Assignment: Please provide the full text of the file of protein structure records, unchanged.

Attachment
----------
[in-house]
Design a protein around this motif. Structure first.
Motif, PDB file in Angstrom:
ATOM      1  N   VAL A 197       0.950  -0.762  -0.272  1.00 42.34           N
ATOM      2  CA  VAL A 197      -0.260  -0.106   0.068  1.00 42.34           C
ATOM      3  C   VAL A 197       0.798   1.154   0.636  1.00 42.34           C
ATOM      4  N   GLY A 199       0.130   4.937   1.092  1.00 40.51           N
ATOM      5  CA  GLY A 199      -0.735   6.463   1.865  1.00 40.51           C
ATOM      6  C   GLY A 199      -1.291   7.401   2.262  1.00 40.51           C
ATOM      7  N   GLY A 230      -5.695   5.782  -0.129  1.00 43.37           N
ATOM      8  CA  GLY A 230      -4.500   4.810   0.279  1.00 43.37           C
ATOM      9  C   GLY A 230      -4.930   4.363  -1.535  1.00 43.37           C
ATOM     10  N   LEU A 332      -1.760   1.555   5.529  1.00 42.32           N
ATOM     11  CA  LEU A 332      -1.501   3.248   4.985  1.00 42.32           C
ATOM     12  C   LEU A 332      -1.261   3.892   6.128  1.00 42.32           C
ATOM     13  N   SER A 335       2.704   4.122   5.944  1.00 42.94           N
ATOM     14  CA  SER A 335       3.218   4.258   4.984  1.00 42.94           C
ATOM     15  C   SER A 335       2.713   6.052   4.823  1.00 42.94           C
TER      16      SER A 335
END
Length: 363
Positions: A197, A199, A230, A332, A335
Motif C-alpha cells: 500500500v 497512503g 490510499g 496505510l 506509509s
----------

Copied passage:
[in-house]
Design a protein around this motif. Structure first.
Motif, PDB file in Angstrom:
ATOM      1  N   VAL A 197       0.950  -0.762  -0.272  1.00 42.34           N
ATOM      2  CA  VAL A 197      -0.260  -0.106   0.068  1.00 42.34           C
ATOM      3  C   VAL A 197       0.798   1.154   0.636  1.00 42.34           C
ATOM      4  N   GLY A 199       0.130   4.937   1.092  1.00 40.51           N
ATOM      5  CA  GLY A 199      -0.735   6.463   1.865  1.00 40.51           C
ATOM      6  C   GLY A 199      -1.291   7.401   2.262  1.00 40.51           C
ATOM      7  N   GLY A 230      -5.695   5.782  -0.129  1.00 43.37           N
ATOM      8  CA  GLY A 230      -4.500   4.810   0.279  1.00 43.37           C
ATOM      9  C   GLY A 230      -4.930   4.363  -1.535  1.00 43.37           C
ATOM     10  N   LEU A 332      -1.760   1.555   5.529  1.00 42.32           N
ATOM     11  CA  LEU A 332      -1.501   3.248   4.985  1.00 42.32           C
ATOM     12  C   LEU A 332      -1.261   3.892   6.128  1.00 42.32           C
ATOM     13  N   SER A 335       2.704   4.122   5.944  1.00 42.94           N
ATOM     14  CA  SER A 335       3.218   4.258   4.984  1.00 42.94           C
ATOM     15  C   SER A 335       2.713   6.052   4.823  1.00 42.94           C
TER      16      SER A 335
END
Length: 363
Positions: A197, A199, A230, A332, A335
Motif C-alpha cells: 500500500v 497512503g 490510499g 496505510l 506509509s